Life & Letters

Correspondence

About this Item

Title: Walt Whitman to N. M. and John B. Pratt, 10 June 1865

Date: June 10, 1865

Source: The transcription presented here is derived from Walt Whitman, The Correspondence, ed. Edwin Haviland Miller (New York: New York University Press, 1961–1977), 1:263-264. For a description of the editorial rationale behind our treatment of the correspondence, see our statement of editorial policy.

Location: The Charles E. Feinberg Collection of the Papers of Walt Whitman, 1839–1919, Library of Congress, Washington, D.C.

Whitman Archive ID: loc.00842

Contributors to digital file: Elizabeth Lorang, Vanessa Steinroetter, and Alyssa Olson




Washington
June 10, 1865.

Mr. & Mrs. Pratt:

As I am visiting your son Alfred1 occasionally, to cheer him up in his sickness in hospital, I thought you might like a few words, though from a stranger, yet a friend to your boy. I was there last night, and sat a while by the bed, as usual, & he showed me the letter he had just received from home. He wrote to you yesterday. He has had diarrhea pretty bad, but is now improved & goes about the hospital—but as the weather is pretty hot & powerful in the midst of the day, I advised him not to go outdoors much at present. What he wants most is rest, and a chance to get his strength again. I expect he will improve by degrees, & I hope it will not be very long before he will be sent home—though I don't know, as I am only a friend, occasionally visiting the hospitals. Alfred has good accommodations where he is, & a good doctor, & nursing—so you must not worry about him. I shall stop & see him a little every day, as he likes to have me, & I like him too. Poor young men, there are hundreds & thousands of them here, wounded or sick, in the great army hospitals—many of them suffering with amputations & wounds—others with sickness, & so faint & weak, this weather—it is enough to make one's heart bleed—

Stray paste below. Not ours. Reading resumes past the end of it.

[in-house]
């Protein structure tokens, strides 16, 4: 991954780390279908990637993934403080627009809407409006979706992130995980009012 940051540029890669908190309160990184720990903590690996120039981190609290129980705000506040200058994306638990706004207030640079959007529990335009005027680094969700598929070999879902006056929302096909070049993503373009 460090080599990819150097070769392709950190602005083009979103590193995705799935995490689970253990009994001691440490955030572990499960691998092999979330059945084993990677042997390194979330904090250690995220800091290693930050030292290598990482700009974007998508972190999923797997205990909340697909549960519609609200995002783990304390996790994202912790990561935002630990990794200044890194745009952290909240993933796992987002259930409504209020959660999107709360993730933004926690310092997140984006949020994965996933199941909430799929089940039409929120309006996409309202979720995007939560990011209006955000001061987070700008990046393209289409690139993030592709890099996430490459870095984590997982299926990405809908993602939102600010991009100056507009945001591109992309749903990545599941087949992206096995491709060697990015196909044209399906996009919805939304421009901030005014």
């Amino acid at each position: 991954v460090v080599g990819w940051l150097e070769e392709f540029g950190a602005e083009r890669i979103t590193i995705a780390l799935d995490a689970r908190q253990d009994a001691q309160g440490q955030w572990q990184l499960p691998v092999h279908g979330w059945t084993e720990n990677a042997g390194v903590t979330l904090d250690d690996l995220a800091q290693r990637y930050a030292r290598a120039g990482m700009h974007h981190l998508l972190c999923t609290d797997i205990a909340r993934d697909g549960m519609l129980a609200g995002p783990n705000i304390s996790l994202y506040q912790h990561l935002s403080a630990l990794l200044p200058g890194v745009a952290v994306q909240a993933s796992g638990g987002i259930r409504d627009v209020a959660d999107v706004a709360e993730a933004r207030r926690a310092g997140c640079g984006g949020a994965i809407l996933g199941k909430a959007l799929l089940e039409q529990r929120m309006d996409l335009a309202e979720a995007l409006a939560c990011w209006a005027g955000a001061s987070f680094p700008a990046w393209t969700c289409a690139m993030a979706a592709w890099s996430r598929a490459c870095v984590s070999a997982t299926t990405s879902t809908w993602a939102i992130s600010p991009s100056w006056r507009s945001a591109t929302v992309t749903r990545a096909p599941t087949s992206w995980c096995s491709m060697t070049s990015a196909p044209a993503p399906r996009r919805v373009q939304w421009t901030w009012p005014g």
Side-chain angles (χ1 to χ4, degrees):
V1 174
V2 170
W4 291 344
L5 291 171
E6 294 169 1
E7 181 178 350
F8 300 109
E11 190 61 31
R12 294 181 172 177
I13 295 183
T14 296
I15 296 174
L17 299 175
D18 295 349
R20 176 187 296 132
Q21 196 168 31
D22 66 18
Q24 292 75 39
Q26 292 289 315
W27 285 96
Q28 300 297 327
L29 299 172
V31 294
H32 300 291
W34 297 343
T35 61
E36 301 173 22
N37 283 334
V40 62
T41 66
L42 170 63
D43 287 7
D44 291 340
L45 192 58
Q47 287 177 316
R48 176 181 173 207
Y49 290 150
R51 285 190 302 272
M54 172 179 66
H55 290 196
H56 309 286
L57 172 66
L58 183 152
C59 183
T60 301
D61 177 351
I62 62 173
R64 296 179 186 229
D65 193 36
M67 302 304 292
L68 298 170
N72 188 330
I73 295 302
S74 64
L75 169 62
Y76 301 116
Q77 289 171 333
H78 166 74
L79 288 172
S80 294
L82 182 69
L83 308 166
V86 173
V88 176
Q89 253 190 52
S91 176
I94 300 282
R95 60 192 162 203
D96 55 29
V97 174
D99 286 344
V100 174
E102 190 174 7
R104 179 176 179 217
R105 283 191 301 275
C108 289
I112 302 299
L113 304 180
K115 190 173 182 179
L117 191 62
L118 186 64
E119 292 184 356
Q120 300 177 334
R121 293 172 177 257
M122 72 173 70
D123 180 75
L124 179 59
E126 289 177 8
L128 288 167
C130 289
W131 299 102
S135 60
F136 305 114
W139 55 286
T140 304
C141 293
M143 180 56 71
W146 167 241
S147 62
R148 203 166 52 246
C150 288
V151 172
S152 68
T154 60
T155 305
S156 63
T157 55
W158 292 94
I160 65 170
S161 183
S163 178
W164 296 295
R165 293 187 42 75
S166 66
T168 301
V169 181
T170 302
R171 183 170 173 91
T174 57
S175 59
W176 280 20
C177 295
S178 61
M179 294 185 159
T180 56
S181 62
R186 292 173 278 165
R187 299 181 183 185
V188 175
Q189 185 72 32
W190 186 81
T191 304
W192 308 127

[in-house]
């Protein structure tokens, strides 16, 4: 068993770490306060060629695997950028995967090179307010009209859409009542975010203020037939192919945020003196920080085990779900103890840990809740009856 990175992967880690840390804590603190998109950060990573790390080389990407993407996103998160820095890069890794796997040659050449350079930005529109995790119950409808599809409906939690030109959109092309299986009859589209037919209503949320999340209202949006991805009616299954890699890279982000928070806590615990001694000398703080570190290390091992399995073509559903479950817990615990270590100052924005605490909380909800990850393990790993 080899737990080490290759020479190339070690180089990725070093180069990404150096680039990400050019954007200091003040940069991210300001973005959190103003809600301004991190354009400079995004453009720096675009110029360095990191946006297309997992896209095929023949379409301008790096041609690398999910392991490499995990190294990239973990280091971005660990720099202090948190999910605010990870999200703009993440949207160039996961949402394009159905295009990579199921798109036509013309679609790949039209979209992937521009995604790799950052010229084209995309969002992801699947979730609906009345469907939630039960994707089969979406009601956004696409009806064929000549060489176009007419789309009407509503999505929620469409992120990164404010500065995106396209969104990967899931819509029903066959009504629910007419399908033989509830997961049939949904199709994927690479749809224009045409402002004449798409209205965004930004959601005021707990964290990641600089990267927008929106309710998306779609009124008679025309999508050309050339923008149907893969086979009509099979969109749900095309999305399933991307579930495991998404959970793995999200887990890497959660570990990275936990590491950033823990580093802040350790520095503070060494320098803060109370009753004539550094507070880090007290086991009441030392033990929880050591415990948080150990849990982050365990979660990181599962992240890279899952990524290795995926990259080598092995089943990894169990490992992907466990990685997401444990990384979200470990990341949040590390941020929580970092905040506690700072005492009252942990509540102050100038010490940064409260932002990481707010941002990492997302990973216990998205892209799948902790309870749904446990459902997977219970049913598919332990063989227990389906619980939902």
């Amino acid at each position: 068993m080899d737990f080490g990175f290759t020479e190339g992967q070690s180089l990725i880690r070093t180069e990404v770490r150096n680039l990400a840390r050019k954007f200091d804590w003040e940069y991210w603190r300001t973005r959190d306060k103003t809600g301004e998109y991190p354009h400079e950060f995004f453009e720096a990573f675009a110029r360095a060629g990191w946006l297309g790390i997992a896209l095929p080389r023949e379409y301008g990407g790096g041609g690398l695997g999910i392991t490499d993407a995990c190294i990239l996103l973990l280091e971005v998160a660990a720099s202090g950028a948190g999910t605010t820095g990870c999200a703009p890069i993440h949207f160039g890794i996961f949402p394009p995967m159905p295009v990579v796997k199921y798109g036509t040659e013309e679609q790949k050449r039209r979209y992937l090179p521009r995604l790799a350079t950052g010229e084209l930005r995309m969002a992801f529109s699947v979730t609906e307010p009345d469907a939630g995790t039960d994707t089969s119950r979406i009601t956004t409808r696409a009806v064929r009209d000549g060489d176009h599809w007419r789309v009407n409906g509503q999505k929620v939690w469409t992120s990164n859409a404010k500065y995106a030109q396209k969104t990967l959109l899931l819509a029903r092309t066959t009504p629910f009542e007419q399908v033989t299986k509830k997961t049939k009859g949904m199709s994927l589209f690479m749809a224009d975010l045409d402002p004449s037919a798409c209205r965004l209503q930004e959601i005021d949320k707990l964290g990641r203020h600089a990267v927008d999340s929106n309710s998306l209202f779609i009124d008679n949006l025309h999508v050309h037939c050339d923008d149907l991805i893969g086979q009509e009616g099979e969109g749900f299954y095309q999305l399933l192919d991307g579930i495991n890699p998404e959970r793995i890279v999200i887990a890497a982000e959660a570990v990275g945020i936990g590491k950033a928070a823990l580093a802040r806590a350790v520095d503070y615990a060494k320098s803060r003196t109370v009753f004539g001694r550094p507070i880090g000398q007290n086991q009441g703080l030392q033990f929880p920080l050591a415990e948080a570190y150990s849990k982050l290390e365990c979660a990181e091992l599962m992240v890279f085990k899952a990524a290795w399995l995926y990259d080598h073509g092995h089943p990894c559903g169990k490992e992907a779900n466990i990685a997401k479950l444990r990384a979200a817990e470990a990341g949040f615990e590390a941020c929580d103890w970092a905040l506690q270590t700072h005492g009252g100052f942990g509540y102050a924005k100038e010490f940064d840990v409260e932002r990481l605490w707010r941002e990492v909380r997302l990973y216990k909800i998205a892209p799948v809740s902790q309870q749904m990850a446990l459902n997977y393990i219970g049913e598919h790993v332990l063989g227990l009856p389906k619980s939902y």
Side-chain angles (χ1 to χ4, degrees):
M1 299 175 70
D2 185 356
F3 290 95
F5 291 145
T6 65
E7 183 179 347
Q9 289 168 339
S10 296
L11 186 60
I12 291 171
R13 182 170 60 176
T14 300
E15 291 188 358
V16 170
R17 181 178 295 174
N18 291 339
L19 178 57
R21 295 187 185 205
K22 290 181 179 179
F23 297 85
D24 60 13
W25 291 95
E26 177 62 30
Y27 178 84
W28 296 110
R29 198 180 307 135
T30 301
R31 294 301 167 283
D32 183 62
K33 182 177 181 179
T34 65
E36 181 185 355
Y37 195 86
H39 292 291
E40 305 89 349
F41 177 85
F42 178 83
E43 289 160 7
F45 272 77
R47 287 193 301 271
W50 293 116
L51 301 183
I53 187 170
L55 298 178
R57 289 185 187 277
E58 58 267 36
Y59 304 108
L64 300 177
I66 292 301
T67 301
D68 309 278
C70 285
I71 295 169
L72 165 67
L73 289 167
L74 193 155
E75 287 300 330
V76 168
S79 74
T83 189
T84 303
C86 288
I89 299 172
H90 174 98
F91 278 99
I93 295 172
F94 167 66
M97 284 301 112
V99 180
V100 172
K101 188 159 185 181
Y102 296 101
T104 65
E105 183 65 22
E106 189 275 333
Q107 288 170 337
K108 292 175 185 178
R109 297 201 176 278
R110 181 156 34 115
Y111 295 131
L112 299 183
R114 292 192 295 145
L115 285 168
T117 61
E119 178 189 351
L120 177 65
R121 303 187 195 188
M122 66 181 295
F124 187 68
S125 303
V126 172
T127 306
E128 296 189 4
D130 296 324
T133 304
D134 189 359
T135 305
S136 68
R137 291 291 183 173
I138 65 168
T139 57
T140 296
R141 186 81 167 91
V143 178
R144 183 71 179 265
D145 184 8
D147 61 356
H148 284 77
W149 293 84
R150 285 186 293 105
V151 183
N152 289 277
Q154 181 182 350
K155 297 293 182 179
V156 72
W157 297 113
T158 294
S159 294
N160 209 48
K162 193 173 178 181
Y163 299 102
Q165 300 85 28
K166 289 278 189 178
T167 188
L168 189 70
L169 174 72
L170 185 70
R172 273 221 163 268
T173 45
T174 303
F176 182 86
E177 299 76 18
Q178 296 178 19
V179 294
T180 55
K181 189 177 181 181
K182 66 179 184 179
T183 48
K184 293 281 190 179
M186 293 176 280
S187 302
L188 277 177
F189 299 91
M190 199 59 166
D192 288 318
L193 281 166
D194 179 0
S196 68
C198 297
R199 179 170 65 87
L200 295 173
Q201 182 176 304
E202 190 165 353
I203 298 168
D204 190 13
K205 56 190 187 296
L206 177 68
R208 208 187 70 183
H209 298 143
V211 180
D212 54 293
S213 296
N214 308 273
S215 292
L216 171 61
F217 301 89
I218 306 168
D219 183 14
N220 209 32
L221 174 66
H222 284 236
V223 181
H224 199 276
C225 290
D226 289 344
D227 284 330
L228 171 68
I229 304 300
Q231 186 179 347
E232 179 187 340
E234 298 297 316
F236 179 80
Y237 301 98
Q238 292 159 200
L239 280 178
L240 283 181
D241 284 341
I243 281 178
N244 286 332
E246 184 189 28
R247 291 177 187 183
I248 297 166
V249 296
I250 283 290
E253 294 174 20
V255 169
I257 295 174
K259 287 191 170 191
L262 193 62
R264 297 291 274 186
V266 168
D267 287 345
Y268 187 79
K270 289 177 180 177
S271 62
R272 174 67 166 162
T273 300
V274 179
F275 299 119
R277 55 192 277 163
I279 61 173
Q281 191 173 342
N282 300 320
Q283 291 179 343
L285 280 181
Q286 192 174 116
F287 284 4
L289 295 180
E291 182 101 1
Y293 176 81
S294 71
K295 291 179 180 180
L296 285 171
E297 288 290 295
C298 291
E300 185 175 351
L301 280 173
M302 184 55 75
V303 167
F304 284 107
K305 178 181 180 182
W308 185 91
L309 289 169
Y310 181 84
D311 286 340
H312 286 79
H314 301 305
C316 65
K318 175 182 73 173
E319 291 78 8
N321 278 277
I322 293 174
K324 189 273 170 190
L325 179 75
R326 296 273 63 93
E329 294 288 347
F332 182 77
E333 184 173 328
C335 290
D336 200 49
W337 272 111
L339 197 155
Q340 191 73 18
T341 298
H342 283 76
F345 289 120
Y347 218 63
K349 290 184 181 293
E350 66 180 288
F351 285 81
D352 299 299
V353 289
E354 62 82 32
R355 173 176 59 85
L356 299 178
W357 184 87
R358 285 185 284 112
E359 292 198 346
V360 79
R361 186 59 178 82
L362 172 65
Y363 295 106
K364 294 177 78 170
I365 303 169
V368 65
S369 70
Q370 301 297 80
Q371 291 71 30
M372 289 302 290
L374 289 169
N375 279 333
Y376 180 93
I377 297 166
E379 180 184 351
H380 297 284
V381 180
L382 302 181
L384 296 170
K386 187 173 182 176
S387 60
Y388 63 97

As to Alfred, he is comparatively well off, there are so many with bad wounds &c.—the deaths are quite frequent. He will soon be restored, according to present appearances.

We are having very hot weather here, & it is dry & dusty—The City is alive with soldiers from both the Army of the Potomac & the Western Armies, brought here by Sherman. There have been some great Reviews here, as you have seen in the papers—& thousands of soldiers are going home every day.

You must write to Alfred often, as it cheers up a boy sick & away from home. Write all about domestic & farm incidents, and as cheerful as may be. Direct to him, in Ward C, Armory Square Hospital, Washington, D. C. Should any thing occur, I will write you again, but I feel confident he will continue doing well. For the present farewell.


Walt Whitman

Washington D C


Notes:

1. All that is known about Alfred Pratt is contained in this letter and those of August 7, 1865, August 26, 1865, September 27, 1866, January 29, 1867, July 25, 1867, October 28, 1867, July 1, 1869, and January 20, 1870[back]


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